UN Press Conference Features PMC’s Radio Dramas in Papua New Guinea

July 6, 2011 • Serial Dramas, Radio Serial Dramas, Daily Email Recap

On May 19th, The United Nations Papua New Guinea hosted a press conference featuring Dr. Zoanne Clack who was visiting the writers, producers, and actors of PMC’s two radio drama series in Papua New Guinea (PNG) as part of the UN’s Millennium Development Goals Radio Campaign. Zoanne, who is a Co-Executive Producer and Writer for Grey’s Anatomy, was joined by Mr. David MacLachlan-Karr, UN Resident Coordinator in Papua New Guinea, and Ms. Betty Oala, PMC Papua New Guinea (PMC-PNG) Project Director. The three discussed Zoanne’s visit and also answered questions about PMC-PNG’s new and exciting set of dramas: Echoes of Change and Nau em Taim, both of which use highly entertaining and culturally-sensitive storylines to tackle tough issues like domestic violence, environmental conservation, maternal and child health, and HIV/AIDS to directly empower women, men, youth, and entire PNG communities. Mr. MacLachaln-Karr described the radio campaign as a way to inform remote and rural populations about what the Millennium Development Goals mean for them, but more importantly, he suggested that with the aid of these campaigns “they will demand from their elected representatives in government that the government invest more in the health and education services in this country, for the benefit of all Papua New Guineans.”

Zoanne Clack and David MacLachlan-Karr

Dr. Zoanne Clack, Co-Executive Producer and Writer for Grey’s Anatomy, and Mr. David MacLachlan-Karr, UN Resident Coordinator in Papua New Guinea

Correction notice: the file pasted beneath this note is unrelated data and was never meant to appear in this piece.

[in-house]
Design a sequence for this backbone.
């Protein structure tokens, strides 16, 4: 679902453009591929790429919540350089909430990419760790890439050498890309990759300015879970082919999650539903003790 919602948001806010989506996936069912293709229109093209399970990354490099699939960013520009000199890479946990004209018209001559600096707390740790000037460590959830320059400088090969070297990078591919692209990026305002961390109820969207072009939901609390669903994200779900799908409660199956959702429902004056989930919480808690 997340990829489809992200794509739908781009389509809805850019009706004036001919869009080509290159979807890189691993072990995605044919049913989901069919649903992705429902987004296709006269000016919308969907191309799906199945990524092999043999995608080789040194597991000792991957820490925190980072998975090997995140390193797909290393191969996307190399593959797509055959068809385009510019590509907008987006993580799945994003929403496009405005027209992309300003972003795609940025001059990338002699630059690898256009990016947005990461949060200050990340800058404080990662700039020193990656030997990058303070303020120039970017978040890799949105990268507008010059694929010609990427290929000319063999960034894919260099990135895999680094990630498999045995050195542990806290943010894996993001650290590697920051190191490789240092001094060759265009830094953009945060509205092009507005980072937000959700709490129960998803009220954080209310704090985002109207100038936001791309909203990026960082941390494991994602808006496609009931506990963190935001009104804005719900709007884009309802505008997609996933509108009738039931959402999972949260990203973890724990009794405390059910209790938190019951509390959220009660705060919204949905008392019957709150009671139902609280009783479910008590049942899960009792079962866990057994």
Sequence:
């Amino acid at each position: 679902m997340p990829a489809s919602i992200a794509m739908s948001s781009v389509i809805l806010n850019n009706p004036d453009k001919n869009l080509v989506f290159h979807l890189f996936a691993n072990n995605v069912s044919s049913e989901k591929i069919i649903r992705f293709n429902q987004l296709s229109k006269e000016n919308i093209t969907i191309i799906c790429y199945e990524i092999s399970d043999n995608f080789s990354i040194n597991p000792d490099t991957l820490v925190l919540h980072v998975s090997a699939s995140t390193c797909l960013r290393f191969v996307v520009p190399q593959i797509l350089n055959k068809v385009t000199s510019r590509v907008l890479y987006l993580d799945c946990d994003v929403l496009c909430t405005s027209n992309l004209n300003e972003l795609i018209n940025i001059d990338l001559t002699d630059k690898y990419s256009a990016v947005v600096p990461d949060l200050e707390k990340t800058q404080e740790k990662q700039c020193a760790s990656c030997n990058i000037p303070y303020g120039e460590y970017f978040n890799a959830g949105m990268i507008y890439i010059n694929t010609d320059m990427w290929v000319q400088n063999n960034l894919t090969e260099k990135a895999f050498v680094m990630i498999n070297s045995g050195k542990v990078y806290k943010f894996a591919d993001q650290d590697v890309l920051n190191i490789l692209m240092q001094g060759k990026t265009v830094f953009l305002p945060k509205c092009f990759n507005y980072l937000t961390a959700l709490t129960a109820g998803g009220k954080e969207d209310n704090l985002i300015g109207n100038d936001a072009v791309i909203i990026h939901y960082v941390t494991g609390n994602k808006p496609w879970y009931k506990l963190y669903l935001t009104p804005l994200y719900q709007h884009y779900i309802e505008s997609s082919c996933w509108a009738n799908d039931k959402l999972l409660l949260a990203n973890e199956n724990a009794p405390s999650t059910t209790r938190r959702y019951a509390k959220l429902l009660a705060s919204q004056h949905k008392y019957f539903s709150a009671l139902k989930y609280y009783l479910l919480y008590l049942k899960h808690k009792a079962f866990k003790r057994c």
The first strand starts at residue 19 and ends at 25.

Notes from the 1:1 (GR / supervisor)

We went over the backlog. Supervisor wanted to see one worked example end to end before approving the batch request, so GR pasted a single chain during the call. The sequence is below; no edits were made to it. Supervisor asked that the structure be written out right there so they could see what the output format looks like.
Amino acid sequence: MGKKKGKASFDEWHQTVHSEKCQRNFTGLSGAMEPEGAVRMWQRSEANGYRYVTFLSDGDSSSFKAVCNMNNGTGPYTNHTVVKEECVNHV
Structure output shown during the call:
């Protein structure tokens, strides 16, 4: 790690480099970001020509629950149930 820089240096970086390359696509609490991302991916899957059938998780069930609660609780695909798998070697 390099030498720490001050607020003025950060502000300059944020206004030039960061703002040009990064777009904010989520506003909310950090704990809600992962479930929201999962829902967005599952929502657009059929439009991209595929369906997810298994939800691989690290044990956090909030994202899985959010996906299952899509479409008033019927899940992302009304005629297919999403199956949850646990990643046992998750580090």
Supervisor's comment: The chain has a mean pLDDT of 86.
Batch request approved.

In support of this objective, Zoanne was visiting PNG to work with the writers and actors of PMC’s programs and, as put by Project Director Oala, “add that bit of spice in their writing.” Zoanne’s advice on how to keep the dramas entertaining and meaningful went far beyond storylines, characters, and health facts. She admitted: “they have wonderful stories already, so I’m basically trying to deepen the writing and have it come from a different place…it’s not just all social issues and facts and figures and what I learned intellectually. It’s how to bring the humanity into the story.”

Her work with the creative team ranged from critiques of scripts and overviews of health issues to improvisation activities that forced actors and writers to be in the moment. Zoanne highlighted that these sorts of activities reminded writers of how to create real emotion in real time, just as they must do to keep the audience engaged in their stories. Zoanne’s own writing stems from her experience both as a trained public health specialist with the CDC, an emergency room doctor, and a television writer. Switching from the medicine to entertainment, Zoanne admits that people question why she has turned from saving lives directly to writing for a television show. But she cites that entertainment television has incredible potential for effecting social change. Contrasting with her ability to only reach a limited number of people in one shift in the ER, Clack says she can reach millions on one issue by writing it into a single episode of Grey’s Anatomy, and that power to be a catalyst for change is “an amazing responsibility and chance.”

Her exuberance for social change through entertainment was equally matched by the PMC team’s enthusiasm for having a Hollywood writer visit the PNG program. In contrast to Hollywood, Zoanne noticed one marked distinction. “It’s been a really interesting experience,” she said, “to come from Hollywood where people study for years and years [to act], and to have it just come from the soul here. I mean, there are some trained people here, but people are doing [this program] because they want to do it and because it’s important and because it’s their people. And so that’s just a beautiful thing. It’s not about money and it’s not about power.”

This experience has been much more than a one-way mentoring and advising project. As reporters filled the press conference with questions about how the show would address sensitive issues like contraception and maternal health, one also asked Zoanne if she would be taking her experience with PMC-PNG and putting it into the stories she will write in the future.  The answer: “Absolutely.”

Find out more about our Papua New Guinea program.


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